Girl power moves this artful pooch

Competition: A vision of femininity, Fifi was created for the Kinetic Sculpture Race by a group who dubbed themselves `femineers.'

April 25, 2001|BY A SUN STAFF WRITER

Who let this dog out?

Statuesque at 14 1/2 feet tall, Fifi is a vision in pink tulle, a poodle posing for photographers in the courtyard of the American Visionary Arts Museum. When she appears this weekend, she'll be escorted by handlers in Parisian pink swing coats.

But don't mistake this chien for the star in a new John Waters flick called BOW WOW. Au contraire.

This canine is the all-girl entry in that pantheon of perpetual motion, the 13-mile Kinetic Sculpture Race to be held Saturday at 9:30 a.m. at the Key Highway museum at the Inner Harbor. The 17 entries include a giant cobalt-blue Styrofoam wave dubbed Beach Rescue 13 and a hand-painted wooden rodent named the Leaping Beaver.

Modeled after a 30-year-old California race, the Baltimore competition features human-powered sculptures that traverse land, sea and mud. Lots of mud. The teams compete for a series of trophies - including the Grand East Coast National Mediocre Champion - and the chance to represent Baltimore in the West Coast race.

Mark Ward, the museum's deputy director, is the brains behind the all-terrain Wave. He dressed for the part yesterday - a pair of Bermuda shorts, Hawaiian shirt and sunglasses. On race day, he and his partner will be carrying water guns.

The race isn't about winning, says Ward, 38.

"It has nothing to do with winning. You do it for the glory. It's not a race. It's theater on wheels. It's a living parade," says Ward.

Fifi, the pink poodle, is a first-timer, although this is not her first public appearance. She made her debut a few years back as an edible piece of art, a concoction of pink cotton candy.

"But she was eaten alive," says Theresa Segreti, the museum's director of design and education and Fifi's master. (Yes, she was eaten).

When race organizers were looking for a way to involve more women in this year's competition, folks turned to Segreti, who helped organized the first race in 1999. Segreti decided to reinvent Fifi for the event. She initially constructed a 12-inch model of Fifi from a Pee-Wee Herman doll. But the pooch had to move.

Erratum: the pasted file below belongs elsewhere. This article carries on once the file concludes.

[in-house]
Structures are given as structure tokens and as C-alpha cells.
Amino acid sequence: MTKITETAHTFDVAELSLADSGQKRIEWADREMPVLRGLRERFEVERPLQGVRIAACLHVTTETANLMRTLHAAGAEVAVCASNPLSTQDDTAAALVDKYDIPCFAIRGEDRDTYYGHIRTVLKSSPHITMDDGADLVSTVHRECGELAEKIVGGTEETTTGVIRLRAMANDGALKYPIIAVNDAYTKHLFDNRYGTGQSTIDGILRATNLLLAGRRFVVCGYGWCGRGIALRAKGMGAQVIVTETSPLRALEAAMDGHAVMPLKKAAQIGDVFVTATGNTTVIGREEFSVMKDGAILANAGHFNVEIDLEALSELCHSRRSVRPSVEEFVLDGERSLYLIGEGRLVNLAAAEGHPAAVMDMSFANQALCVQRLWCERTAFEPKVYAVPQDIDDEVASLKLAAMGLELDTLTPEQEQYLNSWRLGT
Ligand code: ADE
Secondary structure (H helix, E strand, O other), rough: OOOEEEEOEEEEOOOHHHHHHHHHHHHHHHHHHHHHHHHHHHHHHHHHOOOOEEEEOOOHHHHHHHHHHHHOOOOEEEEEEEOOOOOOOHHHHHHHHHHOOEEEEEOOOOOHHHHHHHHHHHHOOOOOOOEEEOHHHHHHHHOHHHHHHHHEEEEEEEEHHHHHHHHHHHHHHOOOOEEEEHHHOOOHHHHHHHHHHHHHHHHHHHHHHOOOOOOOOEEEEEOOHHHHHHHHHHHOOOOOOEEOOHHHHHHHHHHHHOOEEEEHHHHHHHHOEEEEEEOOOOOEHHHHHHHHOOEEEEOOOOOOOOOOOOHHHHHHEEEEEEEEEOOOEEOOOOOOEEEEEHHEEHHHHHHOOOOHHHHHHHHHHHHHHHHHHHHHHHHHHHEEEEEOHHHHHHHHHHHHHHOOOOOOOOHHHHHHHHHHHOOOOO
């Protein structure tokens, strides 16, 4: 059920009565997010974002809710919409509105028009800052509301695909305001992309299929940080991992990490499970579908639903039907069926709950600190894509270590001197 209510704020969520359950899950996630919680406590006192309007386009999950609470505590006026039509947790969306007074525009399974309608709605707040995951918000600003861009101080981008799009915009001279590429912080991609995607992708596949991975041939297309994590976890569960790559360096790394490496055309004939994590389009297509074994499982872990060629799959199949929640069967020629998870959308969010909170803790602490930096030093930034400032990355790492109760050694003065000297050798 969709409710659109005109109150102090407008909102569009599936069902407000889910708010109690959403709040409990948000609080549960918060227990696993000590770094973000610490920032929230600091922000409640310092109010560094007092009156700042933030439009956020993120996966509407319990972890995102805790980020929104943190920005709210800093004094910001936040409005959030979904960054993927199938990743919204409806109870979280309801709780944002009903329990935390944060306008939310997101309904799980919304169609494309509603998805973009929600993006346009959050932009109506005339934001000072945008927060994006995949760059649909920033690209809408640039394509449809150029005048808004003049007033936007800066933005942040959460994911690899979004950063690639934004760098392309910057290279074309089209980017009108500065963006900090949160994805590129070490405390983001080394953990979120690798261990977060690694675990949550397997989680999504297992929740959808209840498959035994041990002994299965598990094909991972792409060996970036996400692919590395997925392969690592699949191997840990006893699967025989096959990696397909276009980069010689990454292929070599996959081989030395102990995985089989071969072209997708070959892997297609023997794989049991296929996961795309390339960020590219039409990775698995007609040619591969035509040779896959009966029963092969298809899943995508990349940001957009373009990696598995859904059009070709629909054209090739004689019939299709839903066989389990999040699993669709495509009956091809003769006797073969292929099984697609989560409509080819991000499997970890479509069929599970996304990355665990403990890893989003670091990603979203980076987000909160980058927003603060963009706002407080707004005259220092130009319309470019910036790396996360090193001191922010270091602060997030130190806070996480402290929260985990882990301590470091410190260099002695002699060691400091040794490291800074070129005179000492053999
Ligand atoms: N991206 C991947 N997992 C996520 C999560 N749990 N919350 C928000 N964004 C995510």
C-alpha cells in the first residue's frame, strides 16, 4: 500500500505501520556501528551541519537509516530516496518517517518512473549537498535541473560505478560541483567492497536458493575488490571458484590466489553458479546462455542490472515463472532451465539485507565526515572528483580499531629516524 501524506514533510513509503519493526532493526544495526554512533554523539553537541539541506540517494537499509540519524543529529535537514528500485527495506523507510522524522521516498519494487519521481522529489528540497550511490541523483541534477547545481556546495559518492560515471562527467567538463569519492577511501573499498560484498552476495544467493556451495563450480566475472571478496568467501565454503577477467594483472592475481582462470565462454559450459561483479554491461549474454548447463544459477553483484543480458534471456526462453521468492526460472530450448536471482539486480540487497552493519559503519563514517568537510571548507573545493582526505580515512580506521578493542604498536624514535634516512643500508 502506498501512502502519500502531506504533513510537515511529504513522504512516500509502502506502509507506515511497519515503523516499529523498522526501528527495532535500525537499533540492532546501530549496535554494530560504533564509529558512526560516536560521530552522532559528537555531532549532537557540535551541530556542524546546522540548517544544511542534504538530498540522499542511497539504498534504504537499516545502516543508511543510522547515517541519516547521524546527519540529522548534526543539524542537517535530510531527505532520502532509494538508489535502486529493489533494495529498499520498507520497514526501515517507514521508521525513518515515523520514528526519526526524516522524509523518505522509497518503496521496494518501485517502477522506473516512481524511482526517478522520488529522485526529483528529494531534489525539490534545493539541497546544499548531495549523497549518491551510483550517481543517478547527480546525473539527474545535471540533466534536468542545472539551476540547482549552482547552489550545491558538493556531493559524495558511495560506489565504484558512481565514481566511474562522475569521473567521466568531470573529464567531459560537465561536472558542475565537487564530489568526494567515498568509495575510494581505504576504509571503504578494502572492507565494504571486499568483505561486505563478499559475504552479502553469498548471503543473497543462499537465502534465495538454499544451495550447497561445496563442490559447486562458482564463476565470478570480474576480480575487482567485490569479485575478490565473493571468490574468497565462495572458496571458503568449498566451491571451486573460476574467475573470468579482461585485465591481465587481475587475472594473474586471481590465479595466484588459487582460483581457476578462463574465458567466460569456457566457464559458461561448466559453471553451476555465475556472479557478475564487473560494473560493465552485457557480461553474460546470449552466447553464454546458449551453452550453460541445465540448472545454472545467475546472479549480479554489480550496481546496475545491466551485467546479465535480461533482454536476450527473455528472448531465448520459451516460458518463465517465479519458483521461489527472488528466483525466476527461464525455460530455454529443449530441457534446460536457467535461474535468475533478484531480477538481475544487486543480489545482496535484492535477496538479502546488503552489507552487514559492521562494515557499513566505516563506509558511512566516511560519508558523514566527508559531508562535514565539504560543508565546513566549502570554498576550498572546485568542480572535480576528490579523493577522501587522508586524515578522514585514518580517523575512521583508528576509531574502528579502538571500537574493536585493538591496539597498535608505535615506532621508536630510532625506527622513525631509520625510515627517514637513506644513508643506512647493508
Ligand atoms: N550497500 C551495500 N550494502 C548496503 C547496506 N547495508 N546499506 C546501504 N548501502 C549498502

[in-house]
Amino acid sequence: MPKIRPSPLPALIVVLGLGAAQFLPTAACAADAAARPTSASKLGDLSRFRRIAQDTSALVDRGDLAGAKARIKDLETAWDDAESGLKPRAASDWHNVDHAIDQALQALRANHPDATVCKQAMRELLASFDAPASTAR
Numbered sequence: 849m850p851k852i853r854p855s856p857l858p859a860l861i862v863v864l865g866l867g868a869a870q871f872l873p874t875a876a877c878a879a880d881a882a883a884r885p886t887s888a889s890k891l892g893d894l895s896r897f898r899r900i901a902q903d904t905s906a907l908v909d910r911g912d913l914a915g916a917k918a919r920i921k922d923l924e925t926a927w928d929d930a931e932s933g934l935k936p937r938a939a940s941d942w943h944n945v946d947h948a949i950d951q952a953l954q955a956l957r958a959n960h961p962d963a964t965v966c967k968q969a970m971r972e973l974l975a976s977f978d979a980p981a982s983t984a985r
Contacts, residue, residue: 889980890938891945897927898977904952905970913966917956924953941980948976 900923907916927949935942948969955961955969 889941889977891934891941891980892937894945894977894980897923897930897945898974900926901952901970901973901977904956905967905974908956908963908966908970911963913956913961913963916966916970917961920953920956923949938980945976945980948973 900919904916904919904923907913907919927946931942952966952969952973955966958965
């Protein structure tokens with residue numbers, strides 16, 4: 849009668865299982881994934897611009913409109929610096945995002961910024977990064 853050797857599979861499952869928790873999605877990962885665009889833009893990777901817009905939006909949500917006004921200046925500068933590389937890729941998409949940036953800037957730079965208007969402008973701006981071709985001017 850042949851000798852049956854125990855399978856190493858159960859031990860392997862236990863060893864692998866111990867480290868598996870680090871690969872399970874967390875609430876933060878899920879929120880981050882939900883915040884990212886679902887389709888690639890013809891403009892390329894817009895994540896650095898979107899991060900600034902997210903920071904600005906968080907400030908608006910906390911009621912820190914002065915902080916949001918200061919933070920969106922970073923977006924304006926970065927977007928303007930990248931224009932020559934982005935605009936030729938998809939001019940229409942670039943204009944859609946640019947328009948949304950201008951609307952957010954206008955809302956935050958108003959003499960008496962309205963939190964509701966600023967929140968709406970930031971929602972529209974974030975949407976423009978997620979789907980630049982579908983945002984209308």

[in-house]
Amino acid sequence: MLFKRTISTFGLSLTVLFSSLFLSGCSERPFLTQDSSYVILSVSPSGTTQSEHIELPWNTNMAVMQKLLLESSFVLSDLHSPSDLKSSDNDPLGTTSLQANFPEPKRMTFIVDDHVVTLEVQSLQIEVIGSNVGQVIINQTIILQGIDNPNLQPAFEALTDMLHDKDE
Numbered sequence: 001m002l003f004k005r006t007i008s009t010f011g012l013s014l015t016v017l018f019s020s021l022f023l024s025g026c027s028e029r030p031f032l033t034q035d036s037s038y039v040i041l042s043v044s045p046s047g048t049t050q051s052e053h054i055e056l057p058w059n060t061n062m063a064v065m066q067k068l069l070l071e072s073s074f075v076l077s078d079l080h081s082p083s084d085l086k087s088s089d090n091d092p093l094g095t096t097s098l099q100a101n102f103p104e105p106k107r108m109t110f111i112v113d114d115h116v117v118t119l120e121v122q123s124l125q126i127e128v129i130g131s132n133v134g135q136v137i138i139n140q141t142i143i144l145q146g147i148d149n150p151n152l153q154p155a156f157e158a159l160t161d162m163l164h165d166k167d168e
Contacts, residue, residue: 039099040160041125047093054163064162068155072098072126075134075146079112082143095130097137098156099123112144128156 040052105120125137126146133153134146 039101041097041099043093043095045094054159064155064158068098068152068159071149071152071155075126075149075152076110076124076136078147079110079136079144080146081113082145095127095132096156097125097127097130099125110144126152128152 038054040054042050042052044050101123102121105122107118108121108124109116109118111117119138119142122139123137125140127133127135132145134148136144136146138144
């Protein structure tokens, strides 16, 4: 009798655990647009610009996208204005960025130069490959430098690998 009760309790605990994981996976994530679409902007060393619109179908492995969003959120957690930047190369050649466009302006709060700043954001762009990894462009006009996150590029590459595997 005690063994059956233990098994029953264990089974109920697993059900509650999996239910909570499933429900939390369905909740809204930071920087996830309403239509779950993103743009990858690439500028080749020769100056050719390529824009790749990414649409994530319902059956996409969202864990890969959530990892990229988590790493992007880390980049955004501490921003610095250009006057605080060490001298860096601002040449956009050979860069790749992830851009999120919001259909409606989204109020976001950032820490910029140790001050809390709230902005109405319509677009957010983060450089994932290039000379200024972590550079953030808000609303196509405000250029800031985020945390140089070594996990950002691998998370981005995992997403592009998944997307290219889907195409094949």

Take a 4-person bike. Dig up some Hula-Hoops. Employ chicken wire technology. Cut 3,000 yards of pink netting and - voila! - Madame Fifi.

"It was sort of the girls' way of figuring out the skeleton of a poodle," said Segreti, who lives in Rodgers Forge.

Segreti fashioned last year's ChaCha bird from cheerleader pom poms. In years past, she designed a fountain of stained glass candy that squirted pink lemonade. Her first sculpture was a giant snail, topped with seashells, and built at age 5.

"I do sort of like big practical jokes," says Segreti, a sand-castle builder turned kinetic sculptress.

In the past, Segreti says, male macho contraptions have dominated the kinetic scene here. "What the race really needed was more women. We just pushed that feminity thing all the way. We call ourselves femineers," she says.

Segreti and her team will be decked out in Parisian pink swing coats, capri biking pants and helmets covered in pink silk chrysanthemums.

"It was like planning a wedding," she says. "We had the outfits before we had the poodle."

Baltimore Sun Articles
|
|
|
Please note the green-lined linked article text has been applied commercially without any involvement from our newsroom editors, reporters or any other editorial staff.